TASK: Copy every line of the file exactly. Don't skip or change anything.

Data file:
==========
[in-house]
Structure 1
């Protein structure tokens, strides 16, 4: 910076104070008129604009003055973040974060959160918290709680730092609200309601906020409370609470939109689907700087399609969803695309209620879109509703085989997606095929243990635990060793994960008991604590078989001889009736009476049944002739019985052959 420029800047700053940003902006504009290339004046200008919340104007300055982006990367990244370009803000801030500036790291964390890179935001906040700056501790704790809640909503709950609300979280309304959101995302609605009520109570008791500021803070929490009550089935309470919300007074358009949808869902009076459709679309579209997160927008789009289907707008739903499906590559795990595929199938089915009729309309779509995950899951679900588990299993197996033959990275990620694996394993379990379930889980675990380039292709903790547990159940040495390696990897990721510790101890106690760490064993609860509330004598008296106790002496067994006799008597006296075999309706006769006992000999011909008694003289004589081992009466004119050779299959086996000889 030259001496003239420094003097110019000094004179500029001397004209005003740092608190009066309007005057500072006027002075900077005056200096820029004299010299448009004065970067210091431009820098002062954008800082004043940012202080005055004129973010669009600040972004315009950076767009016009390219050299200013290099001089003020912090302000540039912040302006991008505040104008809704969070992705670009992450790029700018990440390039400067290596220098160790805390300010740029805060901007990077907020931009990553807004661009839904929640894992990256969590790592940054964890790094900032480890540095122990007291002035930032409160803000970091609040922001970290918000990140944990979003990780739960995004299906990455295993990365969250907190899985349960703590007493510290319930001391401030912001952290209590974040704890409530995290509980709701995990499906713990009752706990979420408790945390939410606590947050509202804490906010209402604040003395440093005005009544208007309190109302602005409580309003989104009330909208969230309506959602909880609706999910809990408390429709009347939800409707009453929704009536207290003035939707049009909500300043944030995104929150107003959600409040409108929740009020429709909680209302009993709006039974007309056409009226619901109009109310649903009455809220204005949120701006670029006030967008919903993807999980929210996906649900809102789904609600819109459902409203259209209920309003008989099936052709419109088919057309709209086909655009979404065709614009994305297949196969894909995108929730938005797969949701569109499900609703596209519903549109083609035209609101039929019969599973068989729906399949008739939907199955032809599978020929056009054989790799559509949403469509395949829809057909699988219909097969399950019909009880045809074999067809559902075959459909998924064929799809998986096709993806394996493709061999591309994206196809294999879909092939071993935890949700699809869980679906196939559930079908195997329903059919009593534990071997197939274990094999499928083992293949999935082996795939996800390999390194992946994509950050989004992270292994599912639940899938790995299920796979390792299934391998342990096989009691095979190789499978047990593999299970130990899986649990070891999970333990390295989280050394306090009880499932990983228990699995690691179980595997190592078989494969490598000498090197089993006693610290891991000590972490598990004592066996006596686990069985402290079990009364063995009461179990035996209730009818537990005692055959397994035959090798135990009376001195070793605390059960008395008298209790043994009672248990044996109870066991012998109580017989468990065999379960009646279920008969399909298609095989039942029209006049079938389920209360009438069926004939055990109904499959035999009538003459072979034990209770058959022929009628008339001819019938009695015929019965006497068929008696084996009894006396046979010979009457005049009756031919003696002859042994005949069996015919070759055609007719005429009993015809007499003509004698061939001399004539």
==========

[in-house]
Structure 1
């Protein structure tokens, strides 16, 4: 910076104070008129604009003055973040974060959160918290709680730092609200309601906020409370609470939109689907700087399609969803695309209620879109509703085989997606095929243990635990060793994960008991604590078989001889009736009476049944002739019985052959 420029800047700053940003902006504009290339004046200008919340104007300055982006990367990244370009803000801030500036790291964390890179935001906040700056501790704790809640909503709950609300979280309304959101995302609605009520109570008791500021803070929490009550089935309470919300007074358009949808869902009076459709679309579209997160927008789009289907707008739903499906590559795990595929199938089915009729309309779509995950899951679900588990299993197996033959990275990620694996394993379990379930889980675990380039292709903790547990159940040495390696990897990721510790101890106690760490064993609860509330004598008296106790002496067994006799008597006296075999309706006769006992000999011909008694003289004589081992009466004119050779299959086996000889 030259001496003239420094003097110019000094004179500029001397004209005003740092608190009066309007005057500072006027002075900077005056200096820029004299010299448009004065970067210091431009820098002062954008800082004043940012202080005055004129973010669009600040972004315009950076767009016009390219050299200013290099001089003020912090302000540039912040302006991008505040104008809704969070992705670009992450790029700018990440390039400067290596220098160790805390300010740029805060901007990077907020931009990553807004661009839904929640894992990256969590790592940054964890790094900032480890540095122990007291002035930032409160803000970091609040922001970290918000990140944990979003990780739960995004299906990455295993990365969250907190899985349960703590007493510290319930001391401030912001952290209590974040704890409530995290509980709701995990499906713990009752706990979420408790945390939410606590947050509202804490906010209402604040003395440093005005009544208007309190109302602005409580309003989104009330909208969230309506959602909880609706999910809990408390429709009347939800409707009453929704009536207290003035939707049009909500300043944030995104929150107003959600409040409108929740009020429709909680209302009993709006039974007309056409009226619901109009109310649903009455809220204005949120701006670029006030967008919903993807999980929210996906649900809102789904609600819109459902409203259209209920309003008989099936052709419109088919057309709209086909655009979404065709614009994305297949196969894909995108929730938005797969949701569109499900609703596209519903549109083609035209609101039929019969599973068989729906399949008739939907199955032809599978020929056009054989790799559509949403469509395949829809057909699988219909097969399950019909009880045809074999067809559902075959459909998924064929799809998986096709993806394996493709061999591309994206196809294999879909092939071993935890949700699809869980679906196939559930079908195997329903059919009593534990071997197939274990094999499928083992293949999935082996795939996800390999390194992946994509950050989004992270292994599912639940899938790995299920796979390792299934391998342990096989009691095979190789499978047990593999299970130990899986649990070891999970333990390295989280050394306090009880499932990983228990699995690691179980595997190592078989494969490598000498090197089993006693610290891991000590972490598990004592066996006596686990069985402290079990009364063995009461179990035996209730009818537990005692055959397994035959090798135990009376001195070793605390059960008395008298209790043994009672248990044996109870066991012998109580017989468990065999379960009646279920008969399909298609095989039942029209006049079938389920209360009438069926004939055990109904499959035999009538003459072979034990209770058959022929009628008339001819019938009695015929019965006497068929008696084996009894006396046979010979009457005049009756031919003696002859042994005949069996015919070759055609007719005429009993015809007499003509004698061939001399004539």